Next came Daenerys’s entry into Vaes Dothrak, which it appears will be far more complicated than her simply pottering about with the dosh khaleen until Jorah and Daario get around to rescuing her. If she’s lucky, she’ll join the crones and wear a dusty sack and glower knowingly in darkened tents for the rest of her life—but it’ll be up to a council of khals to decide her fate. (I don’t even want to think about the worst-case scenario. Again, here’s a society where drinking a horse-heart smoothie is considered a real treat.)
Back in Meereen, Varys has taken the reins, relegating Tyrion to suffer through small talk with an Unsullied and a reserved handmaiden. (I wanted the scene to land a little better, but all it did was make me wish Dany were around to fill the conversational vacuum.) Varys learned from a Sons of the Harpy conspirator that the masters of Astapor and Yunkai, along with some support from slavers in Volantis, are fueling unrest in the city—a problem whose only solution appears to be a great show of force by Meereen’s new leaders. With a weakened fighting force and no ships, I can only imagine (hope?) we’ll be seeing more of Viserion and Rhaegal, unless Daenerys and Drogon make it back very soon.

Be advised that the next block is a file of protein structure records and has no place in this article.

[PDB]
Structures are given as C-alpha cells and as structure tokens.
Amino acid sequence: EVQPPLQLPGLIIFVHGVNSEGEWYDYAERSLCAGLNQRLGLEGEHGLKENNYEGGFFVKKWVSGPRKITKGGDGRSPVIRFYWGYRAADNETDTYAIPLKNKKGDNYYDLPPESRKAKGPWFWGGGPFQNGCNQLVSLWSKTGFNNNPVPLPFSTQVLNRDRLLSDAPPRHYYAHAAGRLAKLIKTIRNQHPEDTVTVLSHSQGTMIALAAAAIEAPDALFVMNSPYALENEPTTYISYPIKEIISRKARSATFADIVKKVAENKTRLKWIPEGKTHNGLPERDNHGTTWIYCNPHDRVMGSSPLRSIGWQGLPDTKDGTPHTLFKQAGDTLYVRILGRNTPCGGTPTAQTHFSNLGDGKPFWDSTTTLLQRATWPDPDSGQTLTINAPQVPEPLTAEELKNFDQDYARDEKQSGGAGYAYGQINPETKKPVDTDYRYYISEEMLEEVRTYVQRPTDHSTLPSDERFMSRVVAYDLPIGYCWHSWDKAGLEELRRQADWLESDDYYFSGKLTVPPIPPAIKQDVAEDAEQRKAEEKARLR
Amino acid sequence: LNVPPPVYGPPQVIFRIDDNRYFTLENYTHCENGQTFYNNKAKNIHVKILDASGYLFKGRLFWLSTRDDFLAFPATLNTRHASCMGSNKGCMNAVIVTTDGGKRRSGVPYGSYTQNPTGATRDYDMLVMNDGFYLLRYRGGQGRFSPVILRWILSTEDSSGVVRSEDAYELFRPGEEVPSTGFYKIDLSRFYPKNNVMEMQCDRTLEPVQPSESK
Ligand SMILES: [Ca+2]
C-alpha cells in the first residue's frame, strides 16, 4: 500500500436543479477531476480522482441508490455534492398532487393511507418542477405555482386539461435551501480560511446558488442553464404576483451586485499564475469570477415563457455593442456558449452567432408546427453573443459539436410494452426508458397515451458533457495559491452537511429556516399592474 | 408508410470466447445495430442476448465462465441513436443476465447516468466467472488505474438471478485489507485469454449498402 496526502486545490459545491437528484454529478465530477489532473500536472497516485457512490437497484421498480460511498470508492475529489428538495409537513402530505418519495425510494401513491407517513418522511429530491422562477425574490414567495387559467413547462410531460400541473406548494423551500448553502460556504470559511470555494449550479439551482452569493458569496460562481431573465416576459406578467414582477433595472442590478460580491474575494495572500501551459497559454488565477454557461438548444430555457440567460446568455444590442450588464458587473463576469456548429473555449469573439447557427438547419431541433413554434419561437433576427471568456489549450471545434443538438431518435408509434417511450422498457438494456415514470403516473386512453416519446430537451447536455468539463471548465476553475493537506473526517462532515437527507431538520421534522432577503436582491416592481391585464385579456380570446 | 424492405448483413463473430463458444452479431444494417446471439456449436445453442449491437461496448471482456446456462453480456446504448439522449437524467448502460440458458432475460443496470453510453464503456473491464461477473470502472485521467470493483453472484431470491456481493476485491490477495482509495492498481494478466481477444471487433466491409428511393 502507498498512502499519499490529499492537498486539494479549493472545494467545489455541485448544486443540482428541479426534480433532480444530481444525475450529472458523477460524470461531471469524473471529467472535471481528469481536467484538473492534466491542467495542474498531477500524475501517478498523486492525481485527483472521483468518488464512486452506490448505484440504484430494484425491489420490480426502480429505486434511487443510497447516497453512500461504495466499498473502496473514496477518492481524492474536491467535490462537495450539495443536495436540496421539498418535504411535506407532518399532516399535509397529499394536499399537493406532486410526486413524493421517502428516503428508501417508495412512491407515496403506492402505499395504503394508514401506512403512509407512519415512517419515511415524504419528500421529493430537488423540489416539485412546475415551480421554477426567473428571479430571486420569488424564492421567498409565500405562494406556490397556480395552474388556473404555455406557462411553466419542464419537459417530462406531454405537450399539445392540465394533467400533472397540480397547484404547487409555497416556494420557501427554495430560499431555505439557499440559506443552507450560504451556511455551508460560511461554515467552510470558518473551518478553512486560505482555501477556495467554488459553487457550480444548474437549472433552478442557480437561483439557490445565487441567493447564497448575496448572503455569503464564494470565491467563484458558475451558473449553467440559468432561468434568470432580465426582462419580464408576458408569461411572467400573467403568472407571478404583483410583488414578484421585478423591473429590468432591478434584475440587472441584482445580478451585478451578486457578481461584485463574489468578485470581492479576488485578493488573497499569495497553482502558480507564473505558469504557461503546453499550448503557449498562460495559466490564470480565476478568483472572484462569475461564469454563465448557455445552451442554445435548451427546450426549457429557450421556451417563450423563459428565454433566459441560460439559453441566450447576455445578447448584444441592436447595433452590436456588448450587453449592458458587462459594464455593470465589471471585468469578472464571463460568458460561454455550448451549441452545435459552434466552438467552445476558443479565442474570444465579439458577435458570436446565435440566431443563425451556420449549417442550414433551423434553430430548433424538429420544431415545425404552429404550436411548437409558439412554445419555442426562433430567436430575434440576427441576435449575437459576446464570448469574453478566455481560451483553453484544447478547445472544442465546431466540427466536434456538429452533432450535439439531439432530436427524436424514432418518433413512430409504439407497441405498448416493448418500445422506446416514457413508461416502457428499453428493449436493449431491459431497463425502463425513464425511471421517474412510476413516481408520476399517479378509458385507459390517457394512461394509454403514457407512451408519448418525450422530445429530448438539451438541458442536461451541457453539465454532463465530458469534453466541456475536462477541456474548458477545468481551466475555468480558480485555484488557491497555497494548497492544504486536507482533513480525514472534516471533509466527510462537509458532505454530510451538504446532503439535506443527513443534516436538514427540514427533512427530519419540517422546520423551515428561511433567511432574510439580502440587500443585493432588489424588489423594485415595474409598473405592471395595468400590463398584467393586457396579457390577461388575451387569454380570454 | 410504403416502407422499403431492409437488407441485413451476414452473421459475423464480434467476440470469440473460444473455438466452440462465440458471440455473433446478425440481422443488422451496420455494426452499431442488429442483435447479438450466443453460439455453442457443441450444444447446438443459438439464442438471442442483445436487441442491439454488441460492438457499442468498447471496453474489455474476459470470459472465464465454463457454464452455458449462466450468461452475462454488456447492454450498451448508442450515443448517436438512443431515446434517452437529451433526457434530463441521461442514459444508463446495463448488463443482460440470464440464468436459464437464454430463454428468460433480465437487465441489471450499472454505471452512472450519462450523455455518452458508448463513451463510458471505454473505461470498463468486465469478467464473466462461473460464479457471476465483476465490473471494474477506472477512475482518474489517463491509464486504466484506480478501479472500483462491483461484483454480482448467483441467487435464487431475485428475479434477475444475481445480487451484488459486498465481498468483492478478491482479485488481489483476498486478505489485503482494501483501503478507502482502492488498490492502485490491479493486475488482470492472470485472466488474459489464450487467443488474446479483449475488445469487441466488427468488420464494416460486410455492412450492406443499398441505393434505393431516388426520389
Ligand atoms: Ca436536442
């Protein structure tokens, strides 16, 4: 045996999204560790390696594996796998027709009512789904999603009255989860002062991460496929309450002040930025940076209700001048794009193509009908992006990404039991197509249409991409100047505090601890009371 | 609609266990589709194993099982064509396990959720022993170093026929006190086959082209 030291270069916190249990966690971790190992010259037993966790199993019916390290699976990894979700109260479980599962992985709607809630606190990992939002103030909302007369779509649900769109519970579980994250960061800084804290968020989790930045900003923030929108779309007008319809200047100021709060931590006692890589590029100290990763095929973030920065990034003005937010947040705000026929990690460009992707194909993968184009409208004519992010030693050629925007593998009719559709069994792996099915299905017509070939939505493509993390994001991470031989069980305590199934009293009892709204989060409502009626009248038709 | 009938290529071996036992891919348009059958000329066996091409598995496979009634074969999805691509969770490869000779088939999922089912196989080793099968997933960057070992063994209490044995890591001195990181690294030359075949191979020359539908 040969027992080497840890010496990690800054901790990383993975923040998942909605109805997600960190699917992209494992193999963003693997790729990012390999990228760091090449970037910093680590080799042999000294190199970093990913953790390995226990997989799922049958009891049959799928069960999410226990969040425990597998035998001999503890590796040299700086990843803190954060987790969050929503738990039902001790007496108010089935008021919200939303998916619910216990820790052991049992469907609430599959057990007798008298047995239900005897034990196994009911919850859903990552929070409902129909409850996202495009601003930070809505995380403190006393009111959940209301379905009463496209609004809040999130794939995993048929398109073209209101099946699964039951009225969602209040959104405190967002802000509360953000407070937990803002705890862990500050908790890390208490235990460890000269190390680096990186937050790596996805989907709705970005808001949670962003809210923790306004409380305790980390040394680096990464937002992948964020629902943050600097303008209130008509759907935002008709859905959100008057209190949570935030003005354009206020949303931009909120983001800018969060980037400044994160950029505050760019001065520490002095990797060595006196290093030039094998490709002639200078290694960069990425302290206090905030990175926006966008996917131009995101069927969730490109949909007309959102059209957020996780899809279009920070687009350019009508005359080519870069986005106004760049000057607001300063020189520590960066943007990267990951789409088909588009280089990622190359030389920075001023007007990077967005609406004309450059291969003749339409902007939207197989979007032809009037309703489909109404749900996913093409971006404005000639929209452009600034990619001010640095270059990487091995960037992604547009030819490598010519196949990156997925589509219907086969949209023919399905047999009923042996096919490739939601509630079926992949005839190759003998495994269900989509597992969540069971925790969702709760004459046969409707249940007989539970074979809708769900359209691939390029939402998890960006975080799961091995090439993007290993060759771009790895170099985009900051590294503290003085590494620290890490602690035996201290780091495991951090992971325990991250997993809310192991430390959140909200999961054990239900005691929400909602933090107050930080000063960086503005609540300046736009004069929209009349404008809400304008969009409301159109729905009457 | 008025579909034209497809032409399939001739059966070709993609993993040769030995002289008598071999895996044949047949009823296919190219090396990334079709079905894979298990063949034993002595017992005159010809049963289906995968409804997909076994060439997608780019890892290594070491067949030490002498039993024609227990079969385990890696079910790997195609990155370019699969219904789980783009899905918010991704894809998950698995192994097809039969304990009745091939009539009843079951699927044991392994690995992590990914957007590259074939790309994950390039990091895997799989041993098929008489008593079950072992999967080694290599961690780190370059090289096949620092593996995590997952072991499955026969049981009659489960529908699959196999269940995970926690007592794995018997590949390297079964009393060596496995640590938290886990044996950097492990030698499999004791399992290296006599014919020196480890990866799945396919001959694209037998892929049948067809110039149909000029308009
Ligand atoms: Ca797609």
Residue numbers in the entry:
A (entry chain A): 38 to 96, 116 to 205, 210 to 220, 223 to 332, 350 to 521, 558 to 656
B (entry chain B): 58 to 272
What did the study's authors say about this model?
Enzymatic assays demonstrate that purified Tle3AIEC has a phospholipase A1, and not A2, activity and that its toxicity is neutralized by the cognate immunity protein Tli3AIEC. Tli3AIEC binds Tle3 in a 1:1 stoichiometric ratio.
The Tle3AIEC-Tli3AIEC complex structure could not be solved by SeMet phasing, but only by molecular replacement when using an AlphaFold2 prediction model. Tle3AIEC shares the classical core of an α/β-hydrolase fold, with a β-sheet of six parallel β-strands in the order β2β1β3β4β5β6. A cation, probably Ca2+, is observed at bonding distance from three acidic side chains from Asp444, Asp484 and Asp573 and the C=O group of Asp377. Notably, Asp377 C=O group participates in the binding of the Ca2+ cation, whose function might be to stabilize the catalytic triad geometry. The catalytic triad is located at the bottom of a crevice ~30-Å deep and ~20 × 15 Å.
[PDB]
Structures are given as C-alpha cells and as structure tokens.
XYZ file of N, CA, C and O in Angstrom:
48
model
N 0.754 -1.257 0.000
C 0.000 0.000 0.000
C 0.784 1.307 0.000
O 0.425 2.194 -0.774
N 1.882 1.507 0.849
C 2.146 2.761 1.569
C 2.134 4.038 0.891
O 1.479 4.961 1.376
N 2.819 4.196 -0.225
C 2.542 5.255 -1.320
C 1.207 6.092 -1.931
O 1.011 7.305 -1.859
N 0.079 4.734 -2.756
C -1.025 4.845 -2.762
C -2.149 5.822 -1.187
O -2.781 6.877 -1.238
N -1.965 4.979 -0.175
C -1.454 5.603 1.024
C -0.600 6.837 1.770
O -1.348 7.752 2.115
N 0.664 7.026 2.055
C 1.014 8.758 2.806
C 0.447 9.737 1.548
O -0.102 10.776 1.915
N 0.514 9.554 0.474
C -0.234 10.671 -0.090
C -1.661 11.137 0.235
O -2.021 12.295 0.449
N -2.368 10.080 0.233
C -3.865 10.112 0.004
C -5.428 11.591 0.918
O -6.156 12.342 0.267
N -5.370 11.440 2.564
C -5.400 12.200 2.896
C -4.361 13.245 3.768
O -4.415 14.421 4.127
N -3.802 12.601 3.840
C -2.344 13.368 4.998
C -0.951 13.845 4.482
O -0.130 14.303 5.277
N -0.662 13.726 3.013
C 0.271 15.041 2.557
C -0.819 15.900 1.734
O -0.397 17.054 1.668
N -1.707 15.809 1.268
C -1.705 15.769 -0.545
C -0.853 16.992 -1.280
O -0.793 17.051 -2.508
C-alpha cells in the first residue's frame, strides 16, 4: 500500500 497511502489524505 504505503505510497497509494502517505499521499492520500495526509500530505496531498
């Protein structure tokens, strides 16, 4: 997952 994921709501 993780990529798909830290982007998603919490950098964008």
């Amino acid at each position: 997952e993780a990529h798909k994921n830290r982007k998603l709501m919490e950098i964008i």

In King’s Landing, Maester Qyburn is repurposing Varys’s flock of little birds for his own (presumably) dastardly ends, while the sadly ineffectual trio of Jaime, Cersei, and Ser Robert Strong can’t even crash a small council meeting without clearing the entire room. Meanwhile, Tommen’s chat with the High Sparrow (weird Mother’s Day subtext aside) suggested he won’t be switching into full Lannister-revenge mode quite yet, though I find his conversion into a Lancel-like true believer unlikely.
Across the Narrow Sea, a girl finally got the training montage that allowed us to skip through several more weeks of scenes of her getting thwacked bloody—gods be good. The further she advances in her quest to serve the Many-Faced God, the greater the tension grows between what’s expected of her and her reasons for entering the House of Black and White in the first place. I think the common sentiment, which I share, is that as long as Needle remains hidden in the rocks outside, there’s still a chance Arya Stark will return.